(with photographs by Shawn Records)
Thursday evening, September 20, 2007, 7:00 pm
California College of the Arts
1111 8th Street
Taking Beaverton Oregon, as a point of departure, this lecture investigates the new shapes and logic of what we have called "cities." The home of Nike and Linux, Beaverton is a nebulous sprawl — larger, more diverse, and more densely populated than Portland, the city of which it is at least nominally a suburb. Whereas most urban theorists identify the centerless cities of the American West as a recent phenomena, this lecture finds parallels between the "zwischenstadt" or "in-between city" of today and the spatial organization in an earlier iteration of American settlement: namely, the extensive trade and transportation routes established by Native Americans and Euro-American trade partners prior to the urbanization of the West.
The lecture asks whether the history of North American settlement can help us find the logic and the beauty of the zwischenstadt. It suggests that beauty is an essential resource to compel our full and wise use of an environment. The lecture argues that the widespread dismissals of "sprawl" as ugly or irrational rest in nostalgia for the concentric city and that we can no longer locate urbanity in the center, nor declare its absence from the periphery. Instead, urbanity permeates the whole.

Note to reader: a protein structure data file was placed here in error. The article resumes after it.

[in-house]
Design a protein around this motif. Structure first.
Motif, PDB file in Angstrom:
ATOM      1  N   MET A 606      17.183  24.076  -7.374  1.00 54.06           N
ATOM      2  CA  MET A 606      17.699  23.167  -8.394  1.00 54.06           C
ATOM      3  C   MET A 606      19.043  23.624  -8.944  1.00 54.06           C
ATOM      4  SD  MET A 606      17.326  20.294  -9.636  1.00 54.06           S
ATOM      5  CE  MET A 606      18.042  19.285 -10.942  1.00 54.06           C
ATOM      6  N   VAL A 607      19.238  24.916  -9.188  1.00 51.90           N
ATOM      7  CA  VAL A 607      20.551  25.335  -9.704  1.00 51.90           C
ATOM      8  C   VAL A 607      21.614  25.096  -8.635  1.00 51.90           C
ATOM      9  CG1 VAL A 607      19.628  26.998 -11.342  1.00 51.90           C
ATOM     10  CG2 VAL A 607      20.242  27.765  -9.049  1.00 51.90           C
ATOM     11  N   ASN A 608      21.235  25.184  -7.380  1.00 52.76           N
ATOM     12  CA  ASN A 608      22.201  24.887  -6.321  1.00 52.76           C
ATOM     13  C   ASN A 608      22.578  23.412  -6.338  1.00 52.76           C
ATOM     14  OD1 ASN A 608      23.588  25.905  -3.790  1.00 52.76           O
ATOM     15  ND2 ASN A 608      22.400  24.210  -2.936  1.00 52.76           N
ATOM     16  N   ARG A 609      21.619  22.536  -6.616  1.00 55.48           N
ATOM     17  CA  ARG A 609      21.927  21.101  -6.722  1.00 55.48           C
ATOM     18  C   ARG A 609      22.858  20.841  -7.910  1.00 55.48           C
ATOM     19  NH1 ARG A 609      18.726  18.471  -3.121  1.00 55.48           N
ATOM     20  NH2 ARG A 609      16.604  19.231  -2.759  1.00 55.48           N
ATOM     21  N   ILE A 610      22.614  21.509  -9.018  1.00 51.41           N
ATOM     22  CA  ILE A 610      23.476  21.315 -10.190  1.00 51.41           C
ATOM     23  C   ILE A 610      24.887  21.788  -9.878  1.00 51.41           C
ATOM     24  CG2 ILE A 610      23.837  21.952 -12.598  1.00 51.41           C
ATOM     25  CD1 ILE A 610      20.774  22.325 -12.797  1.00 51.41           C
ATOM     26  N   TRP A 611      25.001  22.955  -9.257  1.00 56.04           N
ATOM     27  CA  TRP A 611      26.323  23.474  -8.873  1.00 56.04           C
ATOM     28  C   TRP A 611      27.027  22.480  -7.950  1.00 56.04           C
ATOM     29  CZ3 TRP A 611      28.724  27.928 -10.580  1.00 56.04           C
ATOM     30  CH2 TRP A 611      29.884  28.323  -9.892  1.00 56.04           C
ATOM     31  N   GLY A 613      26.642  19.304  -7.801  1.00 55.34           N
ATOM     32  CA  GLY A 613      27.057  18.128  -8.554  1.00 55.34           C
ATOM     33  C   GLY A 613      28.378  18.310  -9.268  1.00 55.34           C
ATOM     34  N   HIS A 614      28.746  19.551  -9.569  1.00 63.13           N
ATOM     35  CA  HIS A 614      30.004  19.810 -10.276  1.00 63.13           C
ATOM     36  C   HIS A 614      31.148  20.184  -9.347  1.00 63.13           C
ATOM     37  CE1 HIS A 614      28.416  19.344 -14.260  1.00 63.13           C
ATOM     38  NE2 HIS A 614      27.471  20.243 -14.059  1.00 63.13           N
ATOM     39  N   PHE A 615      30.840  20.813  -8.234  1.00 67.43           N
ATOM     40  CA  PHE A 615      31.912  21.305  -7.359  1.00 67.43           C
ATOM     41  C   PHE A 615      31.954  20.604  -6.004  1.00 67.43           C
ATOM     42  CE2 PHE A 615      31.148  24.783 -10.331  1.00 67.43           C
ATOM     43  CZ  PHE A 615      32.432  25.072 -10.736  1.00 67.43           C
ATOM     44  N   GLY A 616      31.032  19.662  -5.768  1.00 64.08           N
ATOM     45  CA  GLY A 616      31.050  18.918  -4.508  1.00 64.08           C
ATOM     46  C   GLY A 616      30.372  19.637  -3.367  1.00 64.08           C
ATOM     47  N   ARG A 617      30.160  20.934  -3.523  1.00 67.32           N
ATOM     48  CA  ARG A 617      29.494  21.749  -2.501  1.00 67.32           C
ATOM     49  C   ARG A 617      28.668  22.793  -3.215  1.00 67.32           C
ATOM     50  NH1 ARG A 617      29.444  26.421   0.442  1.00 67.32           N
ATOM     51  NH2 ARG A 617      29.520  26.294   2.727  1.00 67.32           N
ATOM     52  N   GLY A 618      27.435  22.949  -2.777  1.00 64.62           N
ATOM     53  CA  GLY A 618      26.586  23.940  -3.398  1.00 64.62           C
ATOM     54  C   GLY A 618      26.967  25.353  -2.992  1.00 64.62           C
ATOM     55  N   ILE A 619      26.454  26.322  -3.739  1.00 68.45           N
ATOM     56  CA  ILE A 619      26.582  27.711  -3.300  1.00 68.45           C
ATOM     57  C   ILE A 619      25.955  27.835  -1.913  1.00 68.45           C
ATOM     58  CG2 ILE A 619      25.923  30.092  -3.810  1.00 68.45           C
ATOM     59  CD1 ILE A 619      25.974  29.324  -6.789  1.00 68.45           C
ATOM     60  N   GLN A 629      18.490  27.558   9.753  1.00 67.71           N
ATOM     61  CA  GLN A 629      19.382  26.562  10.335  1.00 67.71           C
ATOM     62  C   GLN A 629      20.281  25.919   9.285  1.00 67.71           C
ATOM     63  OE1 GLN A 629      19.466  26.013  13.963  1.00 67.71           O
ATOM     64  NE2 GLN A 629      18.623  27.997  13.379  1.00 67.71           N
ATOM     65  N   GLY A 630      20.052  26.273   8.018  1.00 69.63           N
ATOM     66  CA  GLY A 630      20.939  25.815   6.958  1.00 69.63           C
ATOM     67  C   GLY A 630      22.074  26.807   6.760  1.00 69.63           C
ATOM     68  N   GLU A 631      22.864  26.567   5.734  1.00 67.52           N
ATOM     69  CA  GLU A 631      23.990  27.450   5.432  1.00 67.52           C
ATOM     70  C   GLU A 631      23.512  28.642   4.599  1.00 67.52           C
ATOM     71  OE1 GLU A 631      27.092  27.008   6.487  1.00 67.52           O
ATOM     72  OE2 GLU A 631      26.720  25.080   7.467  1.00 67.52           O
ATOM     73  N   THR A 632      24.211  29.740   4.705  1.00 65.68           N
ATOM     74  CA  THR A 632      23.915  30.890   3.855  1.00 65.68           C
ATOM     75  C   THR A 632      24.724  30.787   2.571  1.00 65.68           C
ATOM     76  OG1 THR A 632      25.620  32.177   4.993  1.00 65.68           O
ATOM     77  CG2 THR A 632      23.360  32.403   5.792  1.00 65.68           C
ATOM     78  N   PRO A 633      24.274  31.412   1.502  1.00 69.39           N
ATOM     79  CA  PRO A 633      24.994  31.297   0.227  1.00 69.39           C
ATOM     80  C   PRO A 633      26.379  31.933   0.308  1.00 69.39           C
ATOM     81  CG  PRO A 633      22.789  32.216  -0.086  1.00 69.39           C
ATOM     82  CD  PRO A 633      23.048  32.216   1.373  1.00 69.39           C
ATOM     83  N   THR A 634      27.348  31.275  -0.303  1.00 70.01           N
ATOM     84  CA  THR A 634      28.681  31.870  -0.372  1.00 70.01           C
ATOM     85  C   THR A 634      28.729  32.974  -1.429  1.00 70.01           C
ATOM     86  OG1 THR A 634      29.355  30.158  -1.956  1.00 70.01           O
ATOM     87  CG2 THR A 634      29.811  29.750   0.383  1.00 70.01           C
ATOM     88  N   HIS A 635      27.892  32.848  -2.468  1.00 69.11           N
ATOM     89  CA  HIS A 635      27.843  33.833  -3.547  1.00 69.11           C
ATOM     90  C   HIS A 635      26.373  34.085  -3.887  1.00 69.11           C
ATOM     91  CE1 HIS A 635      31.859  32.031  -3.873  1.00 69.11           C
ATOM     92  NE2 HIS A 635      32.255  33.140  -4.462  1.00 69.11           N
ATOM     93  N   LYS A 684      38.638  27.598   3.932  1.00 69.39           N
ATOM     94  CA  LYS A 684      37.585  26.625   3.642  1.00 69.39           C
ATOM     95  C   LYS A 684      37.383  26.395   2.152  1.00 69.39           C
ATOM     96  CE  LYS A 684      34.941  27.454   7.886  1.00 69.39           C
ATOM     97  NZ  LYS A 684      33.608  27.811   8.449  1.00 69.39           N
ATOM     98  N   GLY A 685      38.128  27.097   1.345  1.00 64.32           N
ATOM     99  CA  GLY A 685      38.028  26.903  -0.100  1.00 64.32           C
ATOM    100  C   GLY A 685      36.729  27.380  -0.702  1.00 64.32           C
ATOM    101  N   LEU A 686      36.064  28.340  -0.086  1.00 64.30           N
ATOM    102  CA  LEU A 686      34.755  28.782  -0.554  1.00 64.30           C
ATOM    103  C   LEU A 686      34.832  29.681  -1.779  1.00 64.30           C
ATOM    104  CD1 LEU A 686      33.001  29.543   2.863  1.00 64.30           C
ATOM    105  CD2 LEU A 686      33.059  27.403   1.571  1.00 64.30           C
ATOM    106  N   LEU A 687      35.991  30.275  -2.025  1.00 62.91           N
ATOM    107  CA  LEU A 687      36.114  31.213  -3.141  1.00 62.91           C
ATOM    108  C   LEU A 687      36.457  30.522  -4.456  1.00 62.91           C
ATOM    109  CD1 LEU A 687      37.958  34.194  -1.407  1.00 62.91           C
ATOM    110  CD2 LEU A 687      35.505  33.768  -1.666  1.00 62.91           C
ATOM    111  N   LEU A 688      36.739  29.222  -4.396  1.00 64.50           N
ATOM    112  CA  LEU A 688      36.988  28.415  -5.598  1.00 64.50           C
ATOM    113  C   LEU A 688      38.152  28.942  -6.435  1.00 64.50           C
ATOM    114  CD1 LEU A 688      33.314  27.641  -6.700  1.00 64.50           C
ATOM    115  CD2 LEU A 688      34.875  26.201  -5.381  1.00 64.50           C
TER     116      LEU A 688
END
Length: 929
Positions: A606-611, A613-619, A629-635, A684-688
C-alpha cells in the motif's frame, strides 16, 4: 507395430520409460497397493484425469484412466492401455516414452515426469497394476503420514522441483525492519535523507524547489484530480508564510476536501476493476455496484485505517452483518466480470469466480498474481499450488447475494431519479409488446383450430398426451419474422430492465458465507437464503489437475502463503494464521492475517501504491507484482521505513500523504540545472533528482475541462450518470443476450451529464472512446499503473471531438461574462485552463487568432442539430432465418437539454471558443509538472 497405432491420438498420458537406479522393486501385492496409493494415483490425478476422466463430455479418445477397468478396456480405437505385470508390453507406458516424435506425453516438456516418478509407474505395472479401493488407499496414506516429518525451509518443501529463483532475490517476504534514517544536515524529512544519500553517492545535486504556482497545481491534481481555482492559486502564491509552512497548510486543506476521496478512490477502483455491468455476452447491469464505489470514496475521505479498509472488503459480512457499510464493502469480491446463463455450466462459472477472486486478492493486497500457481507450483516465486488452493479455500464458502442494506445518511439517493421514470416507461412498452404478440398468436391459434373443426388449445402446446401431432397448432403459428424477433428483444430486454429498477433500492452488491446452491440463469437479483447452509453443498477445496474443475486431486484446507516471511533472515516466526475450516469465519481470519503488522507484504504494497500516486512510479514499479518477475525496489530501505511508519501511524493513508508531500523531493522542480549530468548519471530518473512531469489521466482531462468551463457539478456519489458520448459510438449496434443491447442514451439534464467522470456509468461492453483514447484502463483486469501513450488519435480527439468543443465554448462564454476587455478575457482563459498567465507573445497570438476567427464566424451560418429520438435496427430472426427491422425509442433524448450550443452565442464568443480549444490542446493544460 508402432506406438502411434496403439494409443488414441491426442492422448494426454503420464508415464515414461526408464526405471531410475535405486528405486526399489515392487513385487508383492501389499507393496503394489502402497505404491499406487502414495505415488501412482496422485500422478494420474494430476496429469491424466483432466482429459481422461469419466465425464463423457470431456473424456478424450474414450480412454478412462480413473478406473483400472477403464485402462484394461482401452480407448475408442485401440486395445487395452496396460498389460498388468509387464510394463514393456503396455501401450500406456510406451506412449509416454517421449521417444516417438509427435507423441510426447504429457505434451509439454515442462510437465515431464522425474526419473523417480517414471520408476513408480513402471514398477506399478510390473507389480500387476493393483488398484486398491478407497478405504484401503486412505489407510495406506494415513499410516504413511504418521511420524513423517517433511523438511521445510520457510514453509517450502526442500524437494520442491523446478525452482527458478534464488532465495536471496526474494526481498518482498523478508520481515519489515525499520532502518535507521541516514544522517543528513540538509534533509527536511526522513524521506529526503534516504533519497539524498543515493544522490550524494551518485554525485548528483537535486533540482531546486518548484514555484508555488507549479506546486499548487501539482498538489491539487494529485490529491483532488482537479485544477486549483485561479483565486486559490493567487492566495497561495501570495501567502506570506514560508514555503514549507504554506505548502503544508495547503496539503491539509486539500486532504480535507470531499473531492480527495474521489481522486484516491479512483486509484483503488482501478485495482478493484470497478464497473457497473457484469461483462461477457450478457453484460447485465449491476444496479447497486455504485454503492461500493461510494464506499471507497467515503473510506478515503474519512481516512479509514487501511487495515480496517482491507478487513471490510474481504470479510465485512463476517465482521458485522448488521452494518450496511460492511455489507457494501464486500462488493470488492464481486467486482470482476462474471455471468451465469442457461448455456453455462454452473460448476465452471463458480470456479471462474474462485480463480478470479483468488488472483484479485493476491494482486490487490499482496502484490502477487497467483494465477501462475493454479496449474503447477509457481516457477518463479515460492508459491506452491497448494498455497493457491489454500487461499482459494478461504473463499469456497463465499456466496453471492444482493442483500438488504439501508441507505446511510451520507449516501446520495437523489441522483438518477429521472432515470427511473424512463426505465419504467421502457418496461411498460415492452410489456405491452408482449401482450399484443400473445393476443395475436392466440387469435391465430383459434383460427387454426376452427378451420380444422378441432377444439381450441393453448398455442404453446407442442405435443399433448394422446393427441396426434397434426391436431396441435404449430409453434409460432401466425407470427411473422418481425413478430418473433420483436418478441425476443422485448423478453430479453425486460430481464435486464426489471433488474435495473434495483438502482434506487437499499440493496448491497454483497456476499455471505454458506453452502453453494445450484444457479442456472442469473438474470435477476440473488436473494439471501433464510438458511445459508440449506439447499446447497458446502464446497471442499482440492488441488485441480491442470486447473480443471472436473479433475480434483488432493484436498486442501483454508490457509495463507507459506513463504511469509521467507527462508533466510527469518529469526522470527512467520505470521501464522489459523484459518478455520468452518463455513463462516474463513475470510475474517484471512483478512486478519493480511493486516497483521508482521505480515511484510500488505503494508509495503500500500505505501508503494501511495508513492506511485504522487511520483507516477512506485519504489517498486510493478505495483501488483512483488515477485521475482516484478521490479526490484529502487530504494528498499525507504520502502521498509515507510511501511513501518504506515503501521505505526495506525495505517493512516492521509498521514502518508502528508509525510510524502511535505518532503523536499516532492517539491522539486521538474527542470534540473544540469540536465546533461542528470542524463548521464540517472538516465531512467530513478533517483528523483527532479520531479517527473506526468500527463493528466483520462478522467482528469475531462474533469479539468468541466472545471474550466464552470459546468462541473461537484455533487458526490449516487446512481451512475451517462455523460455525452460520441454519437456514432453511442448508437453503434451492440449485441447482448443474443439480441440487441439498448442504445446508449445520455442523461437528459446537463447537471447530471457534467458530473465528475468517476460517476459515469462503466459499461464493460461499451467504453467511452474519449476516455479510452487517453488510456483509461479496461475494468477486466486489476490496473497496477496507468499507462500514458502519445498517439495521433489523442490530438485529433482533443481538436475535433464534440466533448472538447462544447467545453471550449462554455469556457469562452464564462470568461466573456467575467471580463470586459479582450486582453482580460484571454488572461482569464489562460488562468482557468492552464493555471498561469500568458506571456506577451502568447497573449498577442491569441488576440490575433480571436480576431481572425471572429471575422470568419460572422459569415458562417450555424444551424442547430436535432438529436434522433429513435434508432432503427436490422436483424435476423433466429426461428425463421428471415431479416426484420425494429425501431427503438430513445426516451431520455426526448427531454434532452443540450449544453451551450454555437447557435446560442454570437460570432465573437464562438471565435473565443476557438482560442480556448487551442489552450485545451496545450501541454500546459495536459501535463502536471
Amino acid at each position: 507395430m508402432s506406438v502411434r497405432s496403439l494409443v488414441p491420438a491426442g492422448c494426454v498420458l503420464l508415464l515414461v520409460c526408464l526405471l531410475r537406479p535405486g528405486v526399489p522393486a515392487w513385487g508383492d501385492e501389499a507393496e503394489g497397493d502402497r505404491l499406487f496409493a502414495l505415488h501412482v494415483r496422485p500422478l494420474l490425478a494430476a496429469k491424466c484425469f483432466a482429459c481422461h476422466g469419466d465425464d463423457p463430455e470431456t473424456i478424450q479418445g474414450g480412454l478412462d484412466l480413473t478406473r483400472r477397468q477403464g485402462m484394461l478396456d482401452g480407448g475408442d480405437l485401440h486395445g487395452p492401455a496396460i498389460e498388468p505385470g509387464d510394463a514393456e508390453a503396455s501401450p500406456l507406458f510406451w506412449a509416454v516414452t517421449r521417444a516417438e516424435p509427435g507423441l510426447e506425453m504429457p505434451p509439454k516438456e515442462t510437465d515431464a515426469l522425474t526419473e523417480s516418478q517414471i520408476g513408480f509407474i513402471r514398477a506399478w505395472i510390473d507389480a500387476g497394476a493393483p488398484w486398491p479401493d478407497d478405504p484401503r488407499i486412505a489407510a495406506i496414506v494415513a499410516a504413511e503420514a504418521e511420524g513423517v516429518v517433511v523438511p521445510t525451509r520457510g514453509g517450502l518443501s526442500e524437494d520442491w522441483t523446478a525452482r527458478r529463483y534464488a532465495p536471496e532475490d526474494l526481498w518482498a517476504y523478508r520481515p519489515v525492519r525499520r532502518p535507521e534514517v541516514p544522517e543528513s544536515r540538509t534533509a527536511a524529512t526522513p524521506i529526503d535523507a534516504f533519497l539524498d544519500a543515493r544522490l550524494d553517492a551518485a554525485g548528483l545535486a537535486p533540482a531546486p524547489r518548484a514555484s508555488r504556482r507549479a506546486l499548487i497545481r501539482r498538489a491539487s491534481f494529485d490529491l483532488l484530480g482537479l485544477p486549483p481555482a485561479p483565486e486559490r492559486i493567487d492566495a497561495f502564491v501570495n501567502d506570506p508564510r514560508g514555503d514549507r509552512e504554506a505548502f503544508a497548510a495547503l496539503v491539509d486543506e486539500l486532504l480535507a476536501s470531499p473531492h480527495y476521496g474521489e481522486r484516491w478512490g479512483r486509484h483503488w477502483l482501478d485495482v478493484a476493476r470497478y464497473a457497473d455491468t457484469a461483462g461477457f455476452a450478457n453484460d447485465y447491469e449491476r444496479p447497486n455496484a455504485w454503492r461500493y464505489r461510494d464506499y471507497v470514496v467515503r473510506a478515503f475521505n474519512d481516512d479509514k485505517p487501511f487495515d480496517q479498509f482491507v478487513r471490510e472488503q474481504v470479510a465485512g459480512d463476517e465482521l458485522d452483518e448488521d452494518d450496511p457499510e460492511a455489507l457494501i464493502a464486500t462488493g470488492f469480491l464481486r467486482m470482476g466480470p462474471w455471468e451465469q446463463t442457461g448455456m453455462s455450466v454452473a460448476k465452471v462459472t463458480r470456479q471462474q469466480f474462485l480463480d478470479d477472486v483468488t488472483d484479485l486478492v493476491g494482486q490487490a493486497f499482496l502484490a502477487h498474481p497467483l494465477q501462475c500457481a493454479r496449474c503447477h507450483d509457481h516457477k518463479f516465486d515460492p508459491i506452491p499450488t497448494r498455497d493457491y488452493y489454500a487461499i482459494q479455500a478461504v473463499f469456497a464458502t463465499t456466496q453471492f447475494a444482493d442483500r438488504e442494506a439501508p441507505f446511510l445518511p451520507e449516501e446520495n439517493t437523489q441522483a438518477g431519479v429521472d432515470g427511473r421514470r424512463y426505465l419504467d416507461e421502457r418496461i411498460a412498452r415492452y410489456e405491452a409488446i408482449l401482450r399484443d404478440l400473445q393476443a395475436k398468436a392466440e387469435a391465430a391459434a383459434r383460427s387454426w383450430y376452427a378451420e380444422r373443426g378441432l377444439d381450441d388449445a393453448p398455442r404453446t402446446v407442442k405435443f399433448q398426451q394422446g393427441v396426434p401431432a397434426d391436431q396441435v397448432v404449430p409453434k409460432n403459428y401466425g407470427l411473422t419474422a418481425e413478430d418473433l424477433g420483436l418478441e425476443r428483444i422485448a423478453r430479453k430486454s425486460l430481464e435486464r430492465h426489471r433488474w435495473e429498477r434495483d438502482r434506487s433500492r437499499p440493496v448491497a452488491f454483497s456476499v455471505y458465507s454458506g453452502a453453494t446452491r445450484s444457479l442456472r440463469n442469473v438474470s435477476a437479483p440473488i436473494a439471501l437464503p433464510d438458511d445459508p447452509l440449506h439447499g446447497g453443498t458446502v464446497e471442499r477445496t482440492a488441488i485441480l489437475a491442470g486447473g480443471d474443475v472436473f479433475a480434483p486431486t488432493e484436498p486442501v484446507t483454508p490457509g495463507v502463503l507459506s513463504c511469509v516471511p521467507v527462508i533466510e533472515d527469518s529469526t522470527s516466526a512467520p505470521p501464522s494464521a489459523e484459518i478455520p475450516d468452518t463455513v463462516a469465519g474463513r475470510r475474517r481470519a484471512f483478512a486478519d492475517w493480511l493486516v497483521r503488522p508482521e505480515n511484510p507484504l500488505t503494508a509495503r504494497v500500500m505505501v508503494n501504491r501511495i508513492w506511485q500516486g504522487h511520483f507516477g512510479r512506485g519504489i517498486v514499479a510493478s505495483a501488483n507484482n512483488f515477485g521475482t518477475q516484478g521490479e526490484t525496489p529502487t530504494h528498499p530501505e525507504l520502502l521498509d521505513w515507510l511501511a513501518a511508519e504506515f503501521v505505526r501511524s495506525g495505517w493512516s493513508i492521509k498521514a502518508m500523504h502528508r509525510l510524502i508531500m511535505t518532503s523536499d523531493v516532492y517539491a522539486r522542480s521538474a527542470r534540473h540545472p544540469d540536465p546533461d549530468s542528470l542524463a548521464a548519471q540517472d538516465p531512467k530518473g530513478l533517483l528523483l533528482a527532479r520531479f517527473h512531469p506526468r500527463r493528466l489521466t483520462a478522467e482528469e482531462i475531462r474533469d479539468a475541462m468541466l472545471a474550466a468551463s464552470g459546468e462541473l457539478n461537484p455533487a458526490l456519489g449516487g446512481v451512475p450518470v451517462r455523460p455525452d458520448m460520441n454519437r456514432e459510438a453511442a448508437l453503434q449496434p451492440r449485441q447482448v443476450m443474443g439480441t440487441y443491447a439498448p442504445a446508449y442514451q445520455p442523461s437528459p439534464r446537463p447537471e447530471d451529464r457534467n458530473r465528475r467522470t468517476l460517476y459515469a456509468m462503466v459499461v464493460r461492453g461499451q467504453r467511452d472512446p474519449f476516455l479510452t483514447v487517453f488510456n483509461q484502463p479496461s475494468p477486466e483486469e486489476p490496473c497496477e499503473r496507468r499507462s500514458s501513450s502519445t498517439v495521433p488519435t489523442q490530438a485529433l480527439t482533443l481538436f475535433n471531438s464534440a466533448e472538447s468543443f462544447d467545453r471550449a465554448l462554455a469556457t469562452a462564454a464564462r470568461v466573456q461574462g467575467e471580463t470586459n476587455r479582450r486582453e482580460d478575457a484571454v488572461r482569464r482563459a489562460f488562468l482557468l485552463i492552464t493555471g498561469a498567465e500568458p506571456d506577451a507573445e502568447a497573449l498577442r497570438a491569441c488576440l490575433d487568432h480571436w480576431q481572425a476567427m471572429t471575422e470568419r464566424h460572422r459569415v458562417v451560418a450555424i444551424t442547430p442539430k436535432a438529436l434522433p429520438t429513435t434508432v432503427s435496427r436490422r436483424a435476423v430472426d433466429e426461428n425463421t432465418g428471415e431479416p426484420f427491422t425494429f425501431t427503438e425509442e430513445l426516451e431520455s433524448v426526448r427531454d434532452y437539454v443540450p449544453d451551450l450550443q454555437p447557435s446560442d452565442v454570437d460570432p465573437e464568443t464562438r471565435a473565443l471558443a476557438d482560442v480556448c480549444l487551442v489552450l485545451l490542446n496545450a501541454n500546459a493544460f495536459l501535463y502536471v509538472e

The photographs of Shawn Records (www.shawnrecords.org
Matthew Stadler is a writer whose books include Allan Stein, The Sex Offender, and Landscape: Memory (all novels). His writing on cities has been published in The Architectural Bulletin of the Netherlands Architecture Institute, Domus, Wiederhall, The Stranger, The Oregonian, and elsewhere.